I’m particularly interested in this article because I personally identify with the new monastic approach and values, even though my wife and I aren’t all that monkish in our own calling. We have opted for a particular lifestyle and career choices because we felt led by God to make some tough decisions that impacted our career paths and lifestyle. That’s really all there is to it.
Evangelicals have a way of overthinking discipleship or radical Christian commitment.
My uneasiness with Platt’s approach to radical discipleship is on a more foundational level.
Every major decision we make as Christians needs to be decided with the Lordship of Christ in view. With that in mind, discipleship to me is profoundly charismatic and Spirit-led (With apologies for the plug, see my co-authored book Hazardous for a bit more about this).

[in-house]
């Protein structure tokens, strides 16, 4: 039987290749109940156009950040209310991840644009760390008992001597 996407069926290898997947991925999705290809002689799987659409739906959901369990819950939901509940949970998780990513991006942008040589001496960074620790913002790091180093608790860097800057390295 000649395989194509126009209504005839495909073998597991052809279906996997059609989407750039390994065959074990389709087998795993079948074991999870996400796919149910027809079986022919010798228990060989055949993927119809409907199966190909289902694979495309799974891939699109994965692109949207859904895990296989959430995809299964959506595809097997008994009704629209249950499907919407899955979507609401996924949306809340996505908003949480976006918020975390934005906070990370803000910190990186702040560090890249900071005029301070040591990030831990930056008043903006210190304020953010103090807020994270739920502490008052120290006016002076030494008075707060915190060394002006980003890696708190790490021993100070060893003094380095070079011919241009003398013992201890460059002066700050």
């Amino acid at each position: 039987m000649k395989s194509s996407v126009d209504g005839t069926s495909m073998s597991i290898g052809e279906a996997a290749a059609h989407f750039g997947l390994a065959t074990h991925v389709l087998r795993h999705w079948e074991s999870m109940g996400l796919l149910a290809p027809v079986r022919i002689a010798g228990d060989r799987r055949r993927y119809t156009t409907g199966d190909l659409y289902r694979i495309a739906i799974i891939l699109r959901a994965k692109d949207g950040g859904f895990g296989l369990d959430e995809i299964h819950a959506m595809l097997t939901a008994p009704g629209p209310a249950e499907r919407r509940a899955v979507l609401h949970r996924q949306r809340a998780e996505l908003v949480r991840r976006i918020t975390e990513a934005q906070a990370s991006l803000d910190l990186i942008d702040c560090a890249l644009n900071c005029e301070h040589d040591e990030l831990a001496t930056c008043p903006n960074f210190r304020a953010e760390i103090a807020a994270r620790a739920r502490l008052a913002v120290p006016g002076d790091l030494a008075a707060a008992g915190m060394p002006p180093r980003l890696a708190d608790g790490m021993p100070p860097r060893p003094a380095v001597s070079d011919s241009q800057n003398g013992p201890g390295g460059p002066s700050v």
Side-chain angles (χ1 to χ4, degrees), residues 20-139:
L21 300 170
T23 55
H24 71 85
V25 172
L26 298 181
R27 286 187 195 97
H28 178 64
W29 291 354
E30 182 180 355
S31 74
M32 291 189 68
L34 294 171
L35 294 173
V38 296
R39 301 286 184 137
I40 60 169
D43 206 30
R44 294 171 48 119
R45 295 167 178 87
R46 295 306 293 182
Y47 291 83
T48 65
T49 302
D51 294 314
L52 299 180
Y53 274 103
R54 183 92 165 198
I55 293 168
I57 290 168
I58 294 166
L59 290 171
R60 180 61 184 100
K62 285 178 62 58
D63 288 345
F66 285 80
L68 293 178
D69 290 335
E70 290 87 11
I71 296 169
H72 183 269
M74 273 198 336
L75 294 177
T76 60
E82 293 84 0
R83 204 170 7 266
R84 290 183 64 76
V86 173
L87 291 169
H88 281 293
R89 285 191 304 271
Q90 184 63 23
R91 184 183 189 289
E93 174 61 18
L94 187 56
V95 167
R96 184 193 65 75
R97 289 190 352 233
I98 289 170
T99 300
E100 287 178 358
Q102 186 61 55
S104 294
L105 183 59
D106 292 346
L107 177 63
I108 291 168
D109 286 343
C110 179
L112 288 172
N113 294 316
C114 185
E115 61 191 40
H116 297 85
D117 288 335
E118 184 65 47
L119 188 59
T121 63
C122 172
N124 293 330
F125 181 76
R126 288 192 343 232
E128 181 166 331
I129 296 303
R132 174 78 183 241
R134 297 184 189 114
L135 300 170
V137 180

I could make all kinds of bold, daring, “biblical” decisions that are rooted in a desire to follow Jesus, to take big risks for God, and to step out of my middle class comfort zone, but that does not guarantee I’m being faithful to God’s calling in my life. If I don’t know how to hear the Spirit speak and obey the leading of the Spirit, how can I actually follow Jesus? Much less radically?
I would guess that Platt wouldn’t necessarily disagree with me here, so our difference is more a matter of emphasis.
From where I sit, you can’t do anything radical as a follower of Jesus unless you get spiritual formation right. If you can’t follow the Spirit, you can’t follow Jesus.
The most radical thing you can do as a disciple of Jesus is to wait for an invisible Spirit to tell you what to do with your life. If you’re worried about whether you’re living a radical enough life, the good news is that God’s Spirit will walk with you step by step.